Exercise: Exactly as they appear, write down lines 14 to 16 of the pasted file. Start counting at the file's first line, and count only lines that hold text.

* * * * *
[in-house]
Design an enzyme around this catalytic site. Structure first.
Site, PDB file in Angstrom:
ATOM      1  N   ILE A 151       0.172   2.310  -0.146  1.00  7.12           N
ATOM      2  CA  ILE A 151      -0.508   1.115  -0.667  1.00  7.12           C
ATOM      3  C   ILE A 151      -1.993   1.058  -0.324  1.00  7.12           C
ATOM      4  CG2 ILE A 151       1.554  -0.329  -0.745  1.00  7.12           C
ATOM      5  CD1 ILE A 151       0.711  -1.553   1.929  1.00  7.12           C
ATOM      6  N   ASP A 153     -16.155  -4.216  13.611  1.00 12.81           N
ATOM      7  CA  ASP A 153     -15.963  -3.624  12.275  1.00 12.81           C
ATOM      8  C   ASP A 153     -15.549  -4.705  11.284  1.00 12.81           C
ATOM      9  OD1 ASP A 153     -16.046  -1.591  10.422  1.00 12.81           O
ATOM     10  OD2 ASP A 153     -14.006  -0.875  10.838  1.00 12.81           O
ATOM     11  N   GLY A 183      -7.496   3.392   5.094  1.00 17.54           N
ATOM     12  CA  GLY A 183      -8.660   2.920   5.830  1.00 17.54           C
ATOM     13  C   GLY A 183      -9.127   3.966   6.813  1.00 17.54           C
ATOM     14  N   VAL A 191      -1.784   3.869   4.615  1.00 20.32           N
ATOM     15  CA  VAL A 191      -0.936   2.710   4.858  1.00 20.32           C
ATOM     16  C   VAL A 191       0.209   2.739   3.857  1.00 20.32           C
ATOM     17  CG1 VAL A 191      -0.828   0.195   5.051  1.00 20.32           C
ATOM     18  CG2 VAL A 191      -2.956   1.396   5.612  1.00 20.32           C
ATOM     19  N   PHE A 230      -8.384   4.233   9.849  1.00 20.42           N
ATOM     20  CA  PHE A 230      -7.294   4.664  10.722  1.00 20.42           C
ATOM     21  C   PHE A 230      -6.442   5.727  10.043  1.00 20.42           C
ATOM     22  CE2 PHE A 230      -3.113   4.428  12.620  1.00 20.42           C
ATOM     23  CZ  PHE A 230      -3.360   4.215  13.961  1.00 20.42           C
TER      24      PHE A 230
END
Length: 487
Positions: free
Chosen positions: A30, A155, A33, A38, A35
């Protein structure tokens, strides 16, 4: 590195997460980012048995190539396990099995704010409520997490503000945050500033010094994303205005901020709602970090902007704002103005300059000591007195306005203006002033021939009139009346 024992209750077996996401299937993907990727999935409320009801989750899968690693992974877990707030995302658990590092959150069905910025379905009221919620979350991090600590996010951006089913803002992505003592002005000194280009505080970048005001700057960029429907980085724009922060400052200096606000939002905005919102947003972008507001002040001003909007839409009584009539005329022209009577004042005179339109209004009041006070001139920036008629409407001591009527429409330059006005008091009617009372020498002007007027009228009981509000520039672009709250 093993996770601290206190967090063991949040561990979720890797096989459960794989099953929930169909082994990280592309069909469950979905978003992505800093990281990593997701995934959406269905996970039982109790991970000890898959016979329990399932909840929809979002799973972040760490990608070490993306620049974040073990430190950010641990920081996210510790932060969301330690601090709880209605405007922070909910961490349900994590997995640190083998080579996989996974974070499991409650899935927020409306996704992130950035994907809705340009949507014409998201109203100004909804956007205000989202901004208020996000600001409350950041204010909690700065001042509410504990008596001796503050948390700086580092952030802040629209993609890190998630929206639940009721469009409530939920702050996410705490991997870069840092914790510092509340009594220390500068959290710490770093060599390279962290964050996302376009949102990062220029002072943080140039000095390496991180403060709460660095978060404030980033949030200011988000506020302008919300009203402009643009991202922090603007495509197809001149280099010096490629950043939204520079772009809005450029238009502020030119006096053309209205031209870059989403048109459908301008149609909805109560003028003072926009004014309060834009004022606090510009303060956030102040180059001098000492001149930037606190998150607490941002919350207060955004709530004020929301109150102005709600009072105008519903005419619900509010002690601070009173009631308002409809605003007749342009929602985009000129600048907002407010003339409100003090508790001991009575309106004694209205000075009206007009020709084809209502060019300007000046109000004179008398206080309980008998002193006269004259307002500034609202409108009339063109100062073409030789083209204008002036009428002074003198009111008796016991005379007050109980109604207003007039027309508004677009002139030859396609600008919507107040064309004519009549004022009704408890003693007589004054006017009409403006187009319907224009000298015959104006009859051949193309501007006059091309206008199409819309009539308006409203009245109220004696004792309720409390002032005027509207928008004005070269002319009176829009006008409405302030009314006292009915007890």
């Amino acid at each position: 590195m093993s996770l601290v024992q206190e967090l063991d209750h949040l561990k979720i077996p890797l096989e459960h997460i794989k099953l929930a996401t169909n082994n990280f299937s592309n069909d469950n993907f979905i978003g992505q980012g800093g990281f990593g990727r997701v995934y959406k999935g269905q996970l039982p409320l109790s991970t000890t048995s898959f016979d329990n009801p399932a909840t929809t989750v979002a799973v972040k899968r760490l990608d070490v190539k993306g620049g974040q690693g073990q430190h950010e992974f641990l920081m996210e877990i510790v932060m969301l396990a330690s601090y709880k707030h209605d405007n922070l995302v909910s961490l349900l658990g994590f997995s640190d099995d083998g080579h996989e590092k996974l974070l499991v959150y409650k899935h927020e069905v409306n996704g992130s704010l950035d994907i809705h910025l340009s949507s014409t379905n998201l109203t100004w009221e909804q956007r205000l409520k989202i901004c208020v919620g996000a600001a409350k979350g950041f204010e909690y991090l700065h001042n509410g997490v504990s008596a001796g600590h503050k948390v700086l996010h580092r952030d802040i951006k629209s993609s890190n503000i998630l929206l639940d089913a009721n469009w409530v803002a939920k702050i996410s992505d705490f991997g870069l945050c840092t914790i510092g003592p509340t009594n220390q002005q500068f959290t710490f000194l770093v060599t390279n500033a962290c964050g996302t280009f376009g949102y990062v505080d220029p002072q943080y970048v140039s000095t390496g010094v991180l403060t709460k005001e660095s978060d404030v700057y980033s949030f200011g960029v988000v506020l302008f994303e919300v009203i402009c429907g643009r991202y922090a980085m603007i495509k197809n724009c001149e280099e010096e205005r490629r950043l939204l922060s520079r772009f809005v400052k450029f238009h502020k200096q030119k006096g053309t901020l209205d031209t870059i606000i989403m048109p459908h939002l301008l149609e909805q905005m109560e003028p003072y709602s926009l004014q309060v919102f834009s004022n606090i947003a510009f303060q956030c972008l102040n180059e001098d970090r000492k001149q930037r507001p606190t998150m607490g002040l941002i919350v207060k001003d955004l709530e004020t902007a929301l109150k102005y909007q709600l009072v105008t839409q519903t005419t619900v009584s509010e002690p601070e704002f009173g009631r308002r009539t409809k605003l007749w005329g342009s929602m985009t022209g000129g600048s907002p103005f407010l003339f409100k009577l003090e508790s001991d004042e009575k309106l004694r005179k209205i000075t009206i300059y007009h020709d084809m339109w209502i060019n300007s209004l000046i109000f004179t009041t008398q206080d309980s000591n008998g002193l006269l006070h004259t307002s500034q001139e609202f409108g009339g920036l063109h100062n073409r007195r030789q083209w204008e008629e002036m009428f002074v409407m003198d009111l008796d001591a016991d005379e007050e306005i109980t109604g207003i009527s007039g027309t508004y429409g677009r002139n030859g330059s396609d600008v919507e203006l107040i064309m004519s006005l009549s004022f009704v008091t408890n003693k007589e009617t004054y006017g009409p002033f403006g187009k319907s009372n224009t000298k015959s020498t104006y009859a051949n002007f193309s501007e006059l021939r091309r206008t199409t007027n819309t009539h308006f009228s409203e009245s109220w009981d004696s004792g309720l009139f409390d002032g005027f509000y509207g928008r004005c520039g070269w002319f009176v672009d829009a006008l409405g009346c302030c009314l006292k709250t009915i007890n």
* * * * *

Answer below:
ATOM     11  N   GLY A 183      -7.496   3.392   5.094  1.00 17.54           N
ATOM     12  CA  GLY A 183      -8.660   2.920   5.830  1.00 17.54           C
ATOM     13  C   GLY A 183      -9.127   3.966   6.813  1.00 17.54           C